While not unexpected, the somber words from La Porte City Chief of Police Chris Brecher confirmed what a grieving La Porte City family and community has suspected for nearly two weeks.

“On August 8, 2018, human remains were discovered in Wolf Creek. At this time, we have been able to positively identify these remains as those of Jake Wilson. There is further analysis that is currently in progress. We hope these will provide more definitive answers to the questions that we all seek. This is an ongoing investigation. This is a very sensitive situation for the entire community. We ask for everybody’s support for the family, to give them the space that they need to grieve, to give the community time to grieve. This is a very difficult time for all of us.”

Sixteen year old Jake Wilson disappeared the evening of Saturday, April 7 after leaving his home to walk a short distance to Wolf Creek. More than 800 volunteers turned out the next day to search for the autistic teen, who remained missing until kayakers spotted human remains on the creek earlier this month.

The investigation, Black Hawk County Sheriff Tony Thompson said, remains open as the State Medical Examiner’s office and the Iowa Division of Criminal Investigation’s Crime Lab continue to examine the remains and other evidence collected.

“They are meticulously going over all of the items that we’ve recovered out of the water for those signs of foul play, for those indicators of what might have happened. We’ll continue to wait patiently and work patiently with those partners to see where we go from here,” he stated.

“At this point, I’m not even going to speculate on what they may find as they microscopically look at the bones and the items that we recovered. We will react to whatever information they can provide us. What we don’t want is to continue to put this family through the difficulties they’ve been experiencing the last four months,” he added.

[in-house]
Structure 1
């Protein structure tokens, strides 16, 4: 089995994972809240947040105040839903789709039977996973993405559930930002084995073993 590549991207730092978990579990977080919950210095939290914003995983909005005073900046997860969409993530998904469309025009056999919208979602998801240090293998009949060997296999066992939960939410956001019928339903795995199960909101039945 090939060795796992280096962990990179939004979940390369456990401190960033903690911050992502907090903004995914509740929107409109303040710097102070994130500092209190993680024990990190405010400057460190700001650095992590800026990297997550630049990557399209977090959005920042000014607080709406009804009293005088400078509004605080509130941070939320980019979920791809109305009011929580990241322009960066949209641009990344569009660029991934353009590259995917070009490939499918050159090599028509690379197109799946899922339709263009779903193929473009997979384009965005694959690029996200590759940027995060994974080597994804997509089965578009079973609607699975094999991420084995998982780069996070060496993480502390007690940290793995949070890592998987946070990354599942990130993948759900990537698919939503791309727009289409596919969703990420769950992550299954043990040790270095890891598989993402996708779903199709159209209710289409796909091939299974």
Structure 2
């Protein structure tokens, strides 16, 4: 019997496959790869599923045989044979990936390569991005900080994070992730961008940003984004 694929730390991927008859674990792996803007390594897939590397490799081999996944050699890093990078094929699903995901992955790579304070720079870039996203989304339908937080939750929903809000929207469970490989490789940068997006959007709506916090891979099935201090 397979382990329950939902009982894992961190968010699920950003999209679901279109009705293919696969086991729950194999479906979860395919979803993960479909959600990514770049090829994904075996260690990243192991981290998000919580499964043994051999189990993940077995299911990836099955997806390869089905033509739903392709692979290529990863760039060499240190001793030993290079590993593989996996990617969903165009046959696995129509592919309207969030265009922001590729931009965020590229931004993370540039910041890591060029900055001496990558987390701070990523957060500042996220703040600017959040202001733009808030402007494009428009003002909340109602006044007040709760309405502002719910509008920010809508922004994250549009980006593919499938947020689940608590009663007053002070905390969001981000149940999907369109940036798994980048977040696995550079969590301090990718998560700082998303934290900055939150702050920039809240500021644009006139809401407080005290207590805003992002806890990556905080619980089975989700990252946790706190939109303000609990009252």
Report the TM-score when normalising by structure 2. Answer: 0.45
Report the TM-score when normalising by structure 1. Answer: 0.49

Until that work has been completed, an official cause of death will remain undetermined, Chief Brecher announced.

As local law enforcement awaits forensic results, the investigation remains fluid, flexible.

“We are going to simply react and respond to what information is presented to us next, whether that comes from the State Medical Examiner, whether that comes from the DCI Crime Lab, whether that comes from a kayaker on the creek. Out of respect to the integrity of the investigation, the family and a community that has been so engaged, [we] remain open to any and all possibilities to whatever may come,” Thompson commented.

While evidence early on indicated Wolf Creek was the place to be looking for Jake, a number of factors, including a very late, cold Spring and the idiosyncrasies of the creek itself, contributed to the difficulties in locating him.

“Everything shifts in the bottom of this creek. There’s a lot of sand. There’s a lot of silt. And there’s a lot of holes that are constantly getting filled. There’s holes constantly being created by anything that happens to be in the creek,” Brecher explained.

“I think he was missed because he was some place that was very difficult to nearly impossible to search, until such time the creek was willing to give him back. Mother Nature was willing to give him back and we happened to be there when she did,” Thompson said.

Despite a near textbook missing persons response and investigation, members of law enforcement remain frustrated over the inability to locate Jake sooner, considering the large number of volunteers who turned out to search for him, the deployment of rescue and recovery dogs and the use of advanced technology both in and out of the water.

” I wish we could have wrapped this up in the first three weeks when we had 800 volunteers there. I wish we could have done something more,” Thompson said.
Reflecting on the case, Thompson shared one additional thought he and Brecher recently discussed.

“What a neat young man. And if the legacy is that if he, in a really unfortunate set of circumstances, has done a tremendous job of bringing this community together, then that’s a lasting legacy of something to be proud of, too,” he said.